Israel deploys reservists for escalation

Gaza residents warned of possibility of increased attack, urged to report Hamas locations

January 12, 2009|By Richard Boudreaux and Rusdi abu Alouf | Richard Boudreaux and Rusdi abu Alouf,Los Angeles Times

JERUSALEM -

Israeli troops and tanks thrust into the Gaza Strip's densely populated capital from three directions yesterday, drawing Hamas fighters into fierce combat in an offensive expanded by a fresh deployment of army reservists.

High-rise apartments shook, and smaller, targeted buildings crumbled in Gaza City under the force of Israeli artillery shelling and missiles fired from helicopters. Plumes of black smoke rose as Hamas fighters answered with mortars, automatic rifles and grenades.

The military said it killed 40 Palestinian fighters yesterday.

Palestinian medical officials put the death toll at 20 civilians and reported finding seven other bodies, presumably those of militants.

Israel reported no casualties of its own.

Yesterday's fighting was the heaviest since Israel attacked the Palestinian enclave Dec. 27 with the declared aim of halting years of rocket attacks on southern Israeli communities.

Troops moved into streets and buildings on Gaza City's northern, eastern and southern edges before dawn but pulled back after several hours, leaving it unclear whether Israel's leaders had ordered an all-out assault on the seat of Hamas' government and paramilitary force. The Mediterranean Sea borders the city on the west.

A decision to escalate the offensive would likely bring tens of thousands of Israeli reservists, who were called up late last month, into close urban combat with steep casualties on both sides.

Brig. Gen. Avi Benayahu said yesterday that the army had begun sending some reservists into Gaza, but he declined to say whether a new phase of the offensive was under way.

Prime Minister Ehud Olmert told his Cabinet in Jerusalem that Israel "is getting close to achieving the goals it set" in Gaza but added that "patience, determination and effort are still needed" to subdue Hamas.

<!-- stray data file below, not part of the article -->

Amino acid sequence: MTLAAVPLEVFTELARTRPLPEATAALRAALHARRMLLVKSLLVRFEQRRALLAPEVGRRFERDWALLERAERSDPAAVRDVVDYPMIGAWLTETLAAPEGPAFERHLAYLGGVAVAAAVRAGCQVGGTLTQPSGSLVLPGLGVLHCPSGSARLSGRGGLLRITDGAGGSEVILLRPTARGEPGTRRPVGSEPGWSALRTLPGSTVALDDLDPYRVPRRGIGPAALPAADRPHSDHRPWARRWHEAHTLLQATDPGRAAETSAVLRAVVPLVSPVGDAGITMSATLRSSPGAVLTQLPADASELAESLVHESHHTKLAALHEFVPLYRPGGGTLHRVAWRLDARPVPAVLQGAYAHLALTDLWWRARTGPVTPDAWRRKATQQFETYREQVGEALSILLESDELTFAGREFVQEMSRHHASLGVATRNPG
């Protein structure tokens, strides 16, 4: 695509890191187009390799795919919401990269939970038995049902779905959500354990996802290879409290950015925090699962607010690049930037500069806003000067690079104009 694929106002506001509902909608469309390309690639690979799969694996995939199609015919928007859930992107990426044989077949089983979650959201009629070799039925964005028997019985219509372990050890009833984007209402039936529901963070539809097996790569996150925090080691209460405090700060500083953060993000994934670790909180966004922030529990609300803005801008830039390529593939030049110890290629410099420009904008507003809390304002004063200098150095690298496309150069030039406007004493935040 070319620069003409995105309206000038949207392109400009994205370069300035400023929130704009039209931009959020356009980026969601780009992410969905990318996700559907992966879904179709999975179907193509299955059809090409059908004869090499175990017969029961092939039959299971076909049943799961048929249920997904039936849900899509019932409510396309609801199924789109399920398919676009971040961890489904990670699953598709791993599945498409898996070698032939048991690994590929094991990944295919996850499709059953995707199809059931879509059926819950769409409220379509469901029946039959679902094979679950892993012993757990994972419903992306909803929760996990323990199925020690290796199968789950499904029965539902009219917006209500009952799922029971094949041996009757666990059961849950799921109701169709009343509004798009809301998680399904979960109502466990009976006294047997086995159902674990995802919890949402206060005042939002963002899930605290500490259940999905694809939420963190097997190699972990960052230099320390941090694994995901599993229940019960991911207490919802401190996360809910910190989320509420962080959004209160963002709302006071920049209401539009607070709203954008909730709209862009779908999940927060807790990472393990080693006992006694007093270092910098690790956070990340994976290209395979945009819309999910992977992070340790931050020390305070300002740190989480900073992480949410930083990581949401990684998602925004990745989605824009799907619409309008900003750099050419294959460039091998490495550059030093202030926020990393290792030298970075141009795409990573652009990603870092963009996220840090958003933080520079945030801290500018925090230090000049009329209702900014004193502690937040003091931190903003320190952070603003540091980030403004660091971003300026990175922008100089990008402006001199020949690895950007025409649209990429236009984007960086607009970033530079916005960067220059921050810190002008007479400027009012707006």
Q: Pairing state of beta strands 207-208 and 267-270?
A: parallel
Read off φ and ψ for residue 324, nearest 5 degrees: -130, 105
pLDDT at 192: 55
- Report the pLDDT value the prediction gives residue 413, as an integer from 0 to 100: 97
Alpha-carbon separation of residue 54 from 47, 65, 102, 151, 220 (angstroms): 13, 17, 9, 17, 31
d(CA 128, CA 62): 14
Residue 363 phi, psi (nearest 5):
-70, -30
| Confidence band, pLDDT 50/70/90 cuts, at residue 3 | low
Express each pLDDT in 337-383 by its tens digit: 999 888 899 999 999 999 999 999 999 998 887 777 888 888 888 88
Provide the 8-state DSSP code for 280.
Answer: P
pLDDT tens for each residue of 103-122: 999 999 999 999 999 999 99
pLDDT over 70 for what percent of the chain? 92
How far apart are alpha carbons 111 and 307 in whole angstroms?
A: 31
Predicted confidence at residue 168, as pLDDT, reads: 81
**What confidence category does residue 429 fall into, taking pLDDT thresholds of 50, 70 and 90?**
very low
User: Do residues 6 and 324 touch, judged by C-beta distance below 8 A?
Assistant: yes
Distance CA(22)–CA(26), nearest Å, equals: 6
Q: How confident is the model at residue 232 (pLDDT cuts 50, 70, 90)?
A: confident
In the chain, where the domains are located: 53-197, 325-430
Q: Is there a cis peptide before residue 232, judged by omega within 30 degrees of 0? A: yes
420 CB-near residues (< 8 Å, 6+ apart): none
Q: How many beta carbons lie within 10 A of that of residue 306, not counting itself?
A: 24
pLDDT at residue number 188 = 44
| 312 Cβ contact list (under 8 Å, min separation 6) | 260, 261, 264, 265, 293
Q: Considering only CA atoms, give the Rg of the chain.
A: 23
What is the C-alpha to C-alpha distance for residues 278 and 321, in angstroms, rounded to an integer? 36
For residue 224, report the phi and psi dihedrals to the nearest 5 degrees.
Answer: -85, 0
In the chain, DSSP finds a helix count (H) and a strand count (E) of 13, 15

Israel's ground forces entered Gaza on Jan. 3, the eighth day of punishing airstrikes, and quickly surrounded urban areas.

Yesterday's advance on Gaza City, the first significant movement of Israeli ground forces in a week, followed an unusual public appeal by the operation's commander, Maj. Gen. Yoav Galant, for a political decision to strike harder.

Intelligence officials told the Cabinet meeting that Hamas had suffered severe losses but was not finished fighting. Twenty rockets and mortar shells fell inside Israel on Sunday; one missile damaged an empty kindergarten in Ashdod.

Palestinian officials say 884 Palestinians have died in the Israeli assault, more than a third of them women and children. Thirteen Israelis have died, three of them civilians hit by rockets in Israel.

As Israeli troops and tanks withdrew from their Gaza City neighborhoods, hundreds of panicked residents fled, clutching small children and hastily packed bags after a sleepless night.

"I'm sure they'll be back," Mazin Ashi, 31, said outside his apartment building in Gaza City's Tal Al Hawa district.

He was tossing blankets and other belongings into the truck of a taxi as his wife, Safaa, climbed into the back seat with their three small children. They were headed for her sister's home near the city's main hospital, an area presumed to be safer.

"Hurry up," Safaa called to him. "We need to get out of here while it's still quiet."

Israel had dropped thousands of leaflets over the city Saturday warning of a wider offensive.

New leaflets fell from the sky yesterday urging residents to report the whereabouts of Hamas fighters and providing a phone number to call.

"Confidentiality guaranteed," the message in Arabic promised.

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